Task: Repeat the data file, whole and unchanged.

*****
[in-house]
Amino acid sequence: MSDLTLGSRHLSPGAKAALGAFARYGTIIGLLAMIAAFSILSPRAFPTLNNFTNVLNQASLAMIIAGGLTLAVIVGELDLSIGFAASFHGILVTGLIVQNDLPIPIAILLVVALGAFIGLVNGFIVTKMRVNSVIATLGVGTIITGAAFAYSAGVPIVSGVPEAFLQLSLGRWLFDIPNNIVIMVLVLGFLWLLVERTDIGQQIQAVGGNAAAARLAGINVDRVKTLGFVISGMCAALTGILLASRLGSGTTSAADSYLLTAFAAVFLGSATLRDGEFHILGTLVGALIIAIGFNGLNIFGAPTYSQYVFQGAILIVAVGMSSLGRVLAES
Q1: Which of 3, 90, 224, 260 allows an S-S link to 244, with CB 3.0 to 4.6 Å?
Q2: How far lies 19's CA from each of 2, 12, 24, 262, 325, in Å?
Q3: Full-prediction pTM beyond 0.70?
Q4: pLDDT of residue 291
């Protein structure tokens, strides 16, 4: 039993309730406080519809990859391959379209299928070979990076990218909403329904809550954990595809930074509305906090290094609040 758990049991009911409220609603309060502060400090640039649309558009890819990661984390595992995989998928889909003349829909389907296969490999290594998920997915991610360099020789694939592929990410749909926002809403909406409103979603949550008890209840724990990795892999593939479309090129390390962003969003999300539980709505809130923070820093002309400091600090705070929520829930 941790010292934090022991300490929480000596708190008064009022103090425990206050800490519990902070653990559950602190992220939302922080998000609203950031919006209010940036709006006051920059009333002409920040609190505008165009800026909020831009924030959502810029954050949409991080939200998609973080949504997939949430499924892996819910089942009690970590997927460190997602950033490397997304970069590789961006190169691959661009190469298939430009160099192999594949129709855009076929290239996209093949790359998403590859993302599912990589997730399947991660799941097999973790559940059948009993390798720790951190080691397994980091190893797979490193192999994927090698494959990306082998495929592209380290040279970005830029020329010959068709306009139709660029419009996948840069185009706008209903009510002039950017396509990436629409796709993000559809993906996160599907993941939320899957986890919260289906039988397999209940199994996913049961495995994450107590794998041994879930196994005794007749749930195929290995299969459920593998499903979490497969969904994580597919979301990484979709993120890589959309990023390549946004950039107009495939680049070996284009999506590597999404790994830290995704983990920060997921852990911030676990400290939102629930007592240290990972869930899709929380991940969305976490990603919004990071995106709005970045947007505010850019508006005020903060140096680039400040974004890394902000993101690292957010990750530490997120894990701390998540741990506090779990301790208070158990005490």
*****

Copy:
[in-house]
Amino acid sequence: MSDLTLGSRHLSPGAKAALGAFARYGTIIGLLAMIAAFSILSPRAFPTLNNFTNVLNQASLAMIIAGGLTLAVIVGELDLSIGFAASFHGILVTGLIVQNDLPIPIAILLVVALGAFIGLVNGFIVTKMRVNSVIATLGVGTIITGAAFAYSAGVPIVSGVPEAFLQLSLGRWLFDIPNNIVIMVLVLGFLWLLVERTDIGQQIQAVGGNAAAARLAGINVDRVKTLGFVISGMCAALTGILLASRLGSGTTSAADSYLLTAFAAVFLGSATLRDGEFHILGTLVGALIIAIGFNGLNIFGAPTYSQYVFQGAILIVAVGMSSLGRVLAES
Q1: Which of 3, 90, 224, 260 allows an S-S link to 244, with CB 3.0 to 4.6 Å?
Q2: How far lies 19's CA from each of 2, 12, 24, 262, 325, in Å?
Q3: Full-prediction pTM beyond 0.70?
Q4: pLDDT of residue 291
């Protein structure tokens, strides 16, 4: 039993309730406080519809990859391959379209299928070979990076990218909403329904809550954990595809930074509305906090290094609040 758990049991009911409220609603309060502060400090640039649309558009890819990661984390595992995989998928889909003349829909389907296969490999290594998920997915991610360099020789694939592929990410749909926002809403909406409103979603949550008890209840724990990795892999593939479309090129390390962003969003999300539980709505809130923070820093002309400091600090705070929520829930 941790010292934090022991300490929480000596708190008064009022103090425990206050800490519990902070653990559950602190992220939302922080998000609203950031919006209010940036709006006051920059009333002409920040609190505008165009800026909020831009924030959502810029954050949409991080939200998609973080949504997939949430499924892996819910089942009690970590997927460190997602950033490397997304970069590789961006190169691959661009190469298939430009160099192999594949129709855009076929290239996209093949790359998403590859993302599912990589997730399947991660799941097999973790559940059948009993390798720790951190080691397994980091190893797979490193192999994927090698494959990306082998495929592209380290040279970005830029020329010959068709306009139709660029419009996948840069185009706008209903009510002039950017396509990436629409796709993000559809993906996160599907993941939320899957986890919260289906039988397999209940199994996913049961495995994450107590794998041994879930196994005794007749749930195929290995299969459920593998499903979490497969969904994580597919979301990484979709993120890589959309990023390549946004950039107009495939680049070996284009999506590597999404790994830290995704983990920060997921852990911030676990400290939102629930007592240290990972869930899709929380991940969305976490990603919004990071995106709005970045947007505010850019508006005020903060140096680039400040974004890394902000993101690292957010990750530490997120894990701390998540741990506090779990301790208070158990005490």